To try to describe seeing Reverend Peyton’s Big Damn Band live to the uninitiated is like trying to explain the finer points of Christianity to an atheist. If you haven’t heard them live, it is hard to find just the right words to capture their unique and invigorating sound.

Imagine a wall of sound coming at you like a freight train, a wailing guitar sliding between notes so fast that you can barely keep up and a drum set that sounds as if 17 people are playing it. Then the kicker a washboard being hammered like there’s no tomorrow.

Blasting through most of their new album, ‘The Whole Fam Damnily,” the band (comprised of Reverend Peyton on slide guitar and vocals, his wife ‘Washboard” Breezy Peyton on washboard and brother Jayme Peyton on drums) put on a great show at Water Street Music hall on Oct. 10. I caught up with Reverend Peyton and asked him some questions about their new album, ‘Life on the Road, and the importance of honesty in music.

How did the band get together and start touring?
We are all related, and my brother and I have been playing together since I was about 12. And we just started playing with Breezy, and one thing led to another and it kind of took out from underneath us.

Your newest release, the ‘Whole Fam Damnily” debuted at No. 4 on the Billboard Blues charts. What was it like recording that?
We recorded that like we recorded everything. We recorded this one in an old church in Indiana. No overdubs or anything like that. We play it just like we would if you were to come out and see us at a show.

It wouldn’t be an interview if I didn’t ask about one of the songs on your new album. What is the story behind ‘Your Cousin’s on Cops”?
Well, it’s just like the song says. We were watching ‘Cops” and Breezy’s cousin was on there. We didn’t know she was going to be on there, she was just on there and that was the inspiration for the song.

Is it like that for most of your songs? Do you just wait for something to inspire you and then go with it?
Yeah, that’s the way I write songs. I don’t even make up a story or anything or think that this would make a good song. They are all about something that has happened to me an experience of mine or people I know. I just pull songs from stuff that I know and experience in my life. To be honest with you, I just feel that the more personal a song, the better the song comes out.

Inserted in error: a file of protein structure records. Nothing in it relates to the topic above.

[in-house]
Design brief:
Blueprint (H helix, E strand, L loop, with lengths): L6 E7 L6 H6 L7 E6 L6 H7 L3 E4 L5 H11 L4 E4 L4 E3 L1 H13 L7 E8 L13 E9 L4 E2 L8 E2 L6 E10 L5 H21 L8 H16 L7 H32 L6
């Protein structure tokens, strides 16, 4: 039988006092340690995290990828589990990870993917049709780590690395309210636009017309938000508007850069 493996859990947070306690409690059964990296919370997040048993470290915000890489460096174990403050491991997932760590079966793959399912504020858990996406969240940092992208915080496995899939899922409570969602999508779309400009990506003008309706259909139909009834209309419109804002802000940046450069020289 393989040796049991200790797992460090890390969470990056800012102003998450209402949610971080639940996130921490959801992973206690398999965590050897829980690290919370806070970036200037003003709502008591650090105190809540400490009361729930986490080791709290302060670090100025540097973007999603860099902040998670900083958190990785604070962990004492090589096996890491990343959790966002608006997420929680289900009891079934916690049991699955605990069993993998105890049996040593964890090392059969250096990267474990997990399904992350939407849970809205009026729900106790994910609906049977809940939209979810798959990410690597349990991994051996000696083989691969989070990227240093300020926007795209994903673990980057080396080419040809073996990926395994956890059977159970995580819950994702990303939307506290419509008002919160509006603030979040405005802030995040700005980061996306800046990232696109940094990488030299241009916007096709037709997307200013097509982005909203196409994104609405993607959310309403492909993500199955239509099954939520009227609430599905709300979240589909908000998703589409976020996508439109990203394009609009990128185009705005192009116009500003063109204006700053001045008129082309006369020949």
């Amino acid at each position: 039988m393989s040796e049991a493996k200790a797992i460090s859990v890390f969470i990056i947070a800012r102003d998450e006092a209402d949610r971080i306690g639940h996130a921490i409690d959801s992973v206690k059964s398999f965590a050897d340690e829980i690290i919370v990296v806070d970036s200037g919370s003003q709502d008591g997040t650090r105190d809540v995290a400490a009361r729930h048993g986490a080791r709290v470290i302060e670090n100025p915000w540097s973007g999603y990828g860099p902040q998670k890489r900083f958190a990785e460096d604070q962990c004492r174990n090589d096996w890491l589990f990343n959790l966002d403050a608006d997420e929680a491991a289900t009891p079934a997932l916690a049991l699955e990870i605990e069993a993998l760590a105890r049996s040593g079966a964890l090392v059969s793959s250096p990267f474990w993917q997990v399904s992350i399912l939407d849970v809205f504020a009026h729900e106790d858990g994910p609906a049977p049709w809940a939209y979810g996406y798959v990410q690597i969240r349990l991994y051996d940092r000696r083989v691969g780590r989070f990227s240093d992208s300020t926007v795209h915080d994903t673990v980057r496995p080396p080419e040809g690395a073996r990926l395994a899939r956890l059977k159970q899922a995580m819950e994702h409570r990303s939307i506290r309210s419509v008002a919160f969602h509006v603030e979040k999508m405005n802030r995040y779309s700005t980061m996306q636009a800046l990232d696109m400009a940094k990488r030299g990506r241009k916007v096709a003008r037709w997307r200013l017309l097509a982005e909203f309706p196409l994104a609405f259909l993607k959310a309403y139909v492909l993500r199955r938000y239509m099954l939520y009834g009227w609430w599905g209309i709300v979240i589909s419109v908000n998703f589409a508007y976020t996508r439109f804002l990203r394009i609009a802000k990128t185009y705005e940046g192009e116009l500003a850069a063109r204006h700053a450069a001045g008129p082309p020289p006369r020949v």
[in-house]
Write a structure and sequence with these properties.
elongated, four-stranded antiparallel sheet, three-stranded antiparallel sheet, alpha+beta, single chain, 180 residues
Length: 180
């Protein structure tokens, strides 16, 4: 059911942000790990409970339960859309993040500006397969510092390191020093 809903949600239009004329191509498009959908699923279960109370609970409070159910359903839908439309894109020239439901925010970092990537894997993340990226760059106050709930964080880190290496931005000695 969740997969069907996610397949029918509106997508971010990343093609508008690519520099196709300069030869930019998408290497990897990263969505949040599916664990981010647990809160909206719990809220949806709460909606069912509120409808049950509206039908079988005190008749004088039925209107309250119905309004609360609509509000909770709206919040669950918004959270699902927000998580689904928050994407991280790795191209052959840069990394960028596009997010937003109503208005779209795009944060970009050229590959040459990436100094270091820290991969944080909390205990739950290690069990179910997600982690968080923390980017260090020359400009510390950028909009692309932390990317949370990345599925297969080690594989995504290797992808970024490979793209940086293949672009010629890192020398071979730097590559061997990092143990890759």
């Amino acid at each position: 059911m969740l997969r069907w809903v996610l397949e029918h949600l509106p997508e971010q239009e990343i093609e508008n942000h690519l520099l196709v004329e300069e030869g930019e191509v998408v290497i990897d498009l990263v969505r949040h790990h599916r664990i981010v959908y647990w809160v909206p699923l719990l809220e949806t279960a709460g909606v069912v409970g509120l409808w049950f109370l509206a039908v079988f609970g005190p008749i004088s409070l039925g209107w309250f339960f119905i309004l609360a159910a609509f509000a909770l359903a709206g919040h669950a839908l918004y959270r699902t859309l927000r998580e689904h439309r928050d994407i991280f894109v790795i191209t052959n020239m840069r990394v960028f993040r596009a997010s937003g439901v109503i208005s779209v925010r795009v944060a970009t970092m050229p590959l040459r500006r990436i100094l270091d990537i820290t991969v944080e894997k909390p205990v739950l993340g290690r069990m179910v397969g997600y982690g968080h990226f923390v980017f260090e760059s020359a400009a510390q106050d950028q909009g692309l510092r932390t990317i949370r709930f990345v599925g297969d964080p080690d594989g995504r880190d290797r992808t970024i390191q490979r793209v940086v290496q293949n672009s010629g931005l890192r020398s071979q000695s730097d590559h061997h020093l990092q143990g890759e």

Who are some of your own personal influences?
The majority are the old heroes of country blues. Charlie Lewis, Mississippi John Hurt, Fred McDowell. Those guys are our biggest influences. And then there are song writers like John Grew Brown and Otis Gibs. I just like good songs, you know what I mean?

On stage you switch on and off between a few guitars. Is that because some songs just play better on certain guitars?
Each guitar is tuned different. So when I’m switching it’s to get a different tuning. I usually play three different tunings on stage. And it’s to basically switch between standard tune and different types of open tune for slide guitar. And each one does have its own different kind of sound so that does help to. It helps to change things up a bit during a show.

While we are talking about instruments, your wife, Breezy, really gives those washboards a beating. Just how many of these does she wear through on a tour?
Oh yeah. She wears a hole straight through them sometimes. We actually buy them in a bulk and we keep a few extras with us at all times because she smashes them.

Anything else you would like to say about the band, last words to the fans or about music in general?

We hope that in the next few months and years that we continue to keep getting better and we want to bring it every single night to every fan and give them the show that they paid for and deserved. I guess that’s just my goal. If there are five people out there or 5,000, I want to give every single person in the room the show they deserve.

Clark is a member of the class of 2012.



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